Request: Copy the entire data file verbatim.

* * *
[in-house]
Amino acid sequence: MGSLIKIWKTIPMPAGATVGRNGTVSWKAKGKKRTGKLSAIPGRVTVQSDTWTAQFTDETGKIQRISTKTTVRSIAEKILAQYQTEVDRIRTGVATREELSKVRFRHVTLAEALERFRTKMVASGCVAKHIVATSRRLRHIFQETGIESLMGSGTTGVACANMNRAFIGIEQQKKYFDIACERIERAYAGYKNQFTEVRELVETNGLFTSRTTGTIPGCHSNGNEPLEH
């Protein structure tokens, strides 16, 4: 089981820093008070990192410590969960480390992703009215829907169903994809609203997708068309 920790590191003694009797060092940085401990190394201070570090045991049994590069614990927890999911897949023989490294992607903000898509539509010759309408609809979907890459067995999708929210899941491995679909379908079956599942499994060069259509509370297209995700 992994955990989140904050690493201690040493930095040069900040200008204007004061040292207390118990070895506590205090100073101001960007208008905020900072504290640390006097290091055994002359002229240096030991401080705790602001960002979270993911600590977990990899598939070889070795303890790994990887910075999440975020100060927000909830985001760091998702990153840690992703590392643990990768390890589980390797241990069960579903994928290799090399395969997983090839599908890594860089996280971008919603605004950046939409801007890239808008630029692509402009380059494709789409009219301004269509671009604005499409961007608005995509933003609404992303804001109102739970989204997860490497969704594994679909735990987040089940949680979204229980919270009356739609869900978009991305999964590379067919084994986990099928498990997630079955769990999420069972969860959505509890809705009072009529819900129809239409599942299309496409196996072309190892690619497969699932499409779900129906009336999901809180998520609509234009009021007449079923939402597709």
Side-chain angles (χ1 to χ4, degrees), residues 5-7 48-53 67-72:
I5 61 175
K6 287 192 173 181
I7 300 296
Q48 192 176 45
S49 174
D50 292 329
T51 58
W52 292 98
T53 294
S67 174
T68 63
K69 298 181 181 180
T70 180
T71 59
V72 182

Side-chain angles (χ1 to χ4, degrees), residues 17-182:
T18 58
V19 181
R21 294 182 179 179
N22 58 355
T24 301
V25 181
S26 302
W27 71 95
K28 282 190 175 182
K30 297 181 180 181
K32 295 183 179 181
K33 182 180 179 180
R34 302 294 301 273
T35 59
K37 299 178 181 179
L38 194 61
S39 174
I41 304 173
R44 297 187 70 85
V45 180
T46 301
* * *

[in-house]
Amino acid sequence: MGSLIKIWKTIPMPAGATVGRNGTVSWKAKGKKRTGKLSAIPGRVTVQSDTWTAQFTDETGKIQRISTKTTVRSIAEKILAQYQTEVDRIRTGVATREELSKVRFRHVTLAEALERFRTKMVASGCVAKHIVATSRRLRHIFQETGIESLMGSGTTGVACANMNRAFIGIEQQKKYFDIACERIERAYAGYKNQFTEVRELVETNGLFTSRTTGTIPGCHSNGNEPLEH
């Protein structure tokens, strides 16, 4: 089981820093008070990192410590969960480390992703009215829907169903994809609203997708068309 920790590191003694009797060092940085401990190394201070570090045991049994590069614990927890999911897949023989490294992607903000898509539509010759309408609809979907890459067995999708929210899941491995679909379908079956599942499994060069259509509370297209995700 992994955990989140904050690493201690040493930095040069900040200008204007004061040292207390118990070895506590205090100073101001960007208008905020900072504290640390006097290091055994002359002229240096030991401080705790602001960002979270993911600590977990990899598939070889070795303890790994990887910075999440975020100060927000909830985001760091998702990153840690992703590392643990990768390890589980390797241990069960579903994928290799090399395969997983090839599908890594860089996280971008919603605004950046939409801007890239808008630029692509402009380059494709789409009219301004269509671009604005499409961007608005995509933003609404992303804001109102739970989204997860490497969704594994679909735990987040089940949680979204229980919270009356739609869900978009991305999964590379067919084994986990099928498990997630079955769990999420069972969860959505509890809705009072009529819900129809239409599942299309496409196996072309190892690619497969699932499409779900129906009336999901809180998520609509234009009021007449079923939402597709």
Side-chain angles (χ1 to χ4, degrees), residues 5-7 48-53 67-72:
I5 61 175
K6 287 192 173 181
I7 300 296
Q48 192 176 45
S49 174
D50 292 329
T51 58
W52 292 98
T53 294
S67 174
T68 63
K69 298 181 181 180
T70 180
T71 59
V72 182

Side-chain angles (χ1 to χ4, degrees), residues 17-182:
T18 58
V19 181
R21 294 182 179 179
N22 58 355
T24 301
V25 181
S26 302
W27 71 95
K28 282 190 175 182
K30 297 181 180 181
K32 295 183 179 181
K33 182 180 179 180
R34 302 294 301 273
T35 59
K37 299 178 181 179
L38 194 61
S39 174
I41 304 173
R44 297 187 70 85
V45 180
T46 301